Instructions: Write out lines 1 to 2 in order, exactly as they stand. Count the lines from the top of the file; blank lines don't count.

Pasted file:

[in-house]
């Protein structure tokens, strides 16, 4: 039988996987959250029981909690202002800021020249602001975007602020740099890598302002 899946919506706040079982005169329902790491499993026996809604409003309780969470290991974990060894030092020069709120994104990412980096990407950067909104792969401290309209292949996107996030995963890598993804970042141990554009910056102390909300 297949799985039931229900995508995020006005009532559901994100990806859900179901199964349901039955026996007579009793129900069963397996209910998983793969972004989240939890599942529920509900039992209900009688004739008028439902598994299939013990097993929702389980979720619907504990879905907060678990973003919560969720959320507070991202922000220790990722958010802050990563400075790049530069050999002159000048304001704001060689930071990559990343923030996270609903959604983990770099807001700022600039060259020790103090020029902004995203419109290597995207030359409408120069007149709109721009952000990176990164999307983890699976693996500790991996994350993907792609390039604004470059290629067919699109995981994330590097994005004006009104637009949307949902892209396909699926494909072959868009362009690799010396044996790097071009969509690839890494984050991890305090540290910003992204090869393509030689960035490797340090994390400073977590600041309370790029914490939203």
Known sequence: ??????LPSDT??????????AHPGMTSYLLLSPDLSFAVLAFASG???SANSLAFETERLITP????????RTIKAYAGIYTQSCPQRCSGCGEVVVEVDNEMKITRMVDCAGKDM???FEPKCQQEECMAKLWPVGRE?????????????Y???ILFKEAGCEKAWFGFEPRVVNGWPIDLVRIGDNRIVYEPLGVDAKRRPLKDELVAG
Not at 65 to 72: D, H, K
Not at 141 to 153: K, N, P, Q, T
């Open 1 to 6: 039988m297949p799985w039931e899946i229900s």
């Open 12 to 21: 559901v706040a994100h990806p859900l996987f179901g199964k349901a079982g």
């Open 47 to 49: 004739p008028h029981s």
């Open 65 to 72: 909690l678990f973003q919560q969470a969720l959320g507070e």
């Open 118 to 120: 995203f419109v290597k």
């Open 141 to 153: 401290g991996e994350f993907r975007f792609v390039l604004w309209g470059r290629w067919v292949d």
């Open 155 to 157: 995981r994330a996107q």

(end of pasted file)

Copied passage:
[in-house]
């Protein structure tokens, strides 16, 4: 039988996987959250029981909690202002800021020249602001975007602020740099890598302002 899946919506706040079982005169329902790491499993026996809604409003309780969470290991974990060894030092020069709120994104990412980096990407950067909104792969401290309209292949996107996030995963890598993804970042141990554009910056102390909300 297949799985039931229900995508995020006005009532559901994100990806859900179901199964349901039955026996007579009793129900069963397996209910998983793969972004989240939890599942529920509900039992209900009688004739008028439902598994299939013990097993929702389980979720619907504990879905907060678990973003919560969720959320507070991202922000220790990722958010802050990563400075790049530069050999002159000048304001704001060689930071990559990343923030996270609903959604983990770099807001700022600039060259020790103090020029902004995203419109290597995207030359409408120069007149709109721009952000990176990164999307983890699976693996500790991996994350993907792609390039604004470059290629067919699109995981994330590097994005004006009104637009949307949902892209396909699926494909072959868009362009690799010396044996790097071009969509690839890494984050991890305090540290910003992204090869393509030689960035490797340090994390400073977590600041309370790029914490939203």